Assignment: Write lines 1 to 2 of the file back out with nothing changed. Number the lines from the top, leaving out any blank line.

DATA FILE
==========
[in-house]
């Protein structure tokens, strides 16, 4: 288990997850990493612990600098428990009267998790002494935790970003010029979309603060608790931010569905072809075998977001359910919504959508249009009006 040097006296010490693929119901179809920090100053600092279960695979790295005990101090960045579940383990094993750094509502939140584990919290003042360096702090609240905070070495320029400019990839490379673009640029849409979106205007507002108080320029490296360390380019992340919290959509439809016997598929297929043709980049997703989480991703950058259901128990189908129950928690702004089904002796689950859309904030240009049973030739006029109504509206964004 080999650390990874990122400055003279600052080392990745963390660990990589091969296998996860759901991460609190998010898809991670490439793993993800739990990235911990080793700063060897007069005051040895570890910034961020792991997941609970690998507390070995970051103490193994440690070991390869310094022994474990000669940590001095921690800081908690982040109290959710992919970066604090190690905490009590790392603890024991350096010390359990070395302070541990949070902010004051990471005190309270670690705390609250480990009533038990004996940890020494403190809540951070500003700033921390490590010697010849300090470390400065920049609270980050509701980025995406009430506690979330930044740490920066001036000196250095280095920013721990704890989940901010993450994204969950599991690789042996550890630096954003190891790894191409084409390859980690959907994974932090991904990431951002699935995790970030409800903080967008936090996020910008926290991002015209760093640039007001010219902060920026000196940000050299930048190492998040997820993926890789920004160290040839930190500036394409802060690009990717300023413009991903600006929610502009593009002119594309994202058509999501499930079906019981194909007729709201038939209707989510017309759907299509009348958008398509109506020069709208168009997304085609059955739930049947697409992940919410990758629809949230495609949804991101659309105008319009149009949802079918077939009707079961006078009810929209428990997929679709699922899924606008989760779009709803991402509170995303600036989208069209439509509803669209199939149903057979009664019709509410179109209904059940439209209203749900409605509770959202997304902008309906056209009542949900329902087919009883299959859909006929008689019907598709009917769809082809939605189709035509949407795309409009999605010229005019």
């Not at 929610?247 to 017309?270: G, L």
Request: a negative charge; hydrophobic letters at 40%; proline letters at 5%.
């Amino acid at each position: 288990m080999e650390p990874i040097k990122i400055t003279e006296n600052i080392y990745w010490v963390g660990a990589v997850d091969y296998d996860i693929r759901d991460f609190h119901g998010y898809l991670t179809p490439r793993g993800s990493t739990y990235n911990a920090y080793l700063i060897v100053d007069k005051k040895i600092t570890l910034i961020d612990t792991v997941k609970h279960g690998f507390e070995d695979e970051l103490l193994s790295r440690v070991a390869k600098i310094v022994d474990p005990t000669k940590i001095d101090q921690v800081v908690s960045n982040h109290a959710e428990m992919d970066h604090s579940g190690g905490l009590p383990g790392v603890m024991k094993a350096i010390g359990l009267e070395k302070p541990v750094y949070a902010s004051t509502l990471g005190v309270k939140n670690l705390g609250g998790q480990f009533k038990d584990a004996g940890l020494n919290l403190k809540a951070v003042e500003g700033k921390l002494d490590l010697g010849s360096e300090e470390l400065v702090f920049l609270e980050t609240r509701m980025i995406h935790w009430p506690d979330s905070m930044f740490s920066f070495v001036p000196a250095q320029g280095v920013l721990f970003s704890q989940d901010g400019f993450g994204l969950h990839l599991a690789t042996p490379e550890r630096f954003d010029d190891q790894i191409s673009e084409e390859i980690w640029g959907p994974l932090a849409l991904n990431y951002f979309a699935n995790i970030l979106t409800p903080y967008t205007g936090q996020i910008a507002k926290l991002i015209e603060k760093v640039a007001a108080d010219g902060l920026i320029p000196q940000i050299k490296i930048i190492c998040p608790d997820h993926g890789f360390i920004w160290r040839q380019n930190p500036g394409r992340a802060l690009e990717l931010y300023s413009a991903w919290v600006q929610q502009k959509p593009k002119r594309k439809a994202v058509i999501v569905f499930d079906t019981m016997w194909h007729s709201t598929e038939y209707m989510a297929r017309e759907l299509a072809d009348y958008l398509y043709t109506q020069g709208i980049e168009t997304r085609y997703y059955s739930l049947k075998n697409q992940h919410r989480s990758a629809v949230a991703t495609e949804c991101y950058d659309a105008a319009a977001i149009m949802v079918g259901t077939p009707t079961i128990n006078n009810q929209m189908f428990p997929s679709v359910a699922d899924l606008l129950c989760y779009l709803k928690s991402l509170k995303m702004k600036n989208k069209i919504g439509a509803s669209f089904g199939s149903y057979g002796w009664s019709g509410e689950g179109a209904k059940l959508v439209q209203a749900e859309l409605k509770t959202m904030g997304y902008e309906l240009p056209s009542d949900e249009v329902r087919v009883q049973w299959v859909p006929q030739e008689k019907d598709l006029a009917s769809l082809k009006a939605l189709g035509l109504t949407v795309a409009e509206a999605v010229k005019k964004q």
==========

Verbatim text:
[in-house]
């Protein structure tokens, strides 16, 4: 288990997850990493612990600098428990009267998790002494935790970003010029979309603060608790931010569905072809075998977001359910919504959508249009009006 040097006296010490693929119901179809920090100053600092279960695979790295005990101090960045579940383990094993750094509502939140584990919290003042360096702090609240905070070495320029400019990839490379673009640029849409979106205007507002108080320029490296360390380019992340919290959509439809016997598929297929043709980049997703989480991703950058259901128990189908129950928690702004089904002796689950859309904030240009049973030739006029109504509206964004 080999650390990874990122400055003279600052080392990745963390660990990589091969296998996860759901991460609190998010898809991670490439793993993800739990990235911990080793700063060897007069005051040895570890910034961020792991997941609970690998507390070995970051103490193994440690070991390869310094022994474990000669940590001095921690800081908690982040109290959710992919970066604090190690905490009590790392603890024991350096010390359990070395302070541990949070902010004051990471005190309270670690705390609250480990009533038990004996940890020494403190809540951070500003700033921390490590010697010849300090470390400065920049609270980050509701980025995406009430506690979330930044740490920066001036000196250095280095920013721990704890989940901010993450994204969950599991690789042996550890630096954003190891790894191409084409390859980690959907994974932090991904990431951002699935995790970030409800903080967008936090996020910008926290991002015209760093640039007001010219902060920026000196940000050299930048190492998040997820993926890789920004160290040839930190500036394409802060690009990717300023413009991903600006929610502009593009002119594309994202058509999501499930079906019981194909007729709201038939209707989510017309759907299509009348958008398509109506020069709208168009997304085609059955739930049947697409992940919410990758629809949230495609949804991101659309105008319009149009949802079918077939009707079961006078009810929209428990997929679709699922899924606008989760779009709803991402509170995303600036989208069209439509509803669209199939149903057979009664019709509410179109209904059940439209209203749900409605509770959202997304902008309906056209009542949900329902087919009883299959859909006929008689019907598709009917769809082809939605189709035509949407795309409009999605010229005019």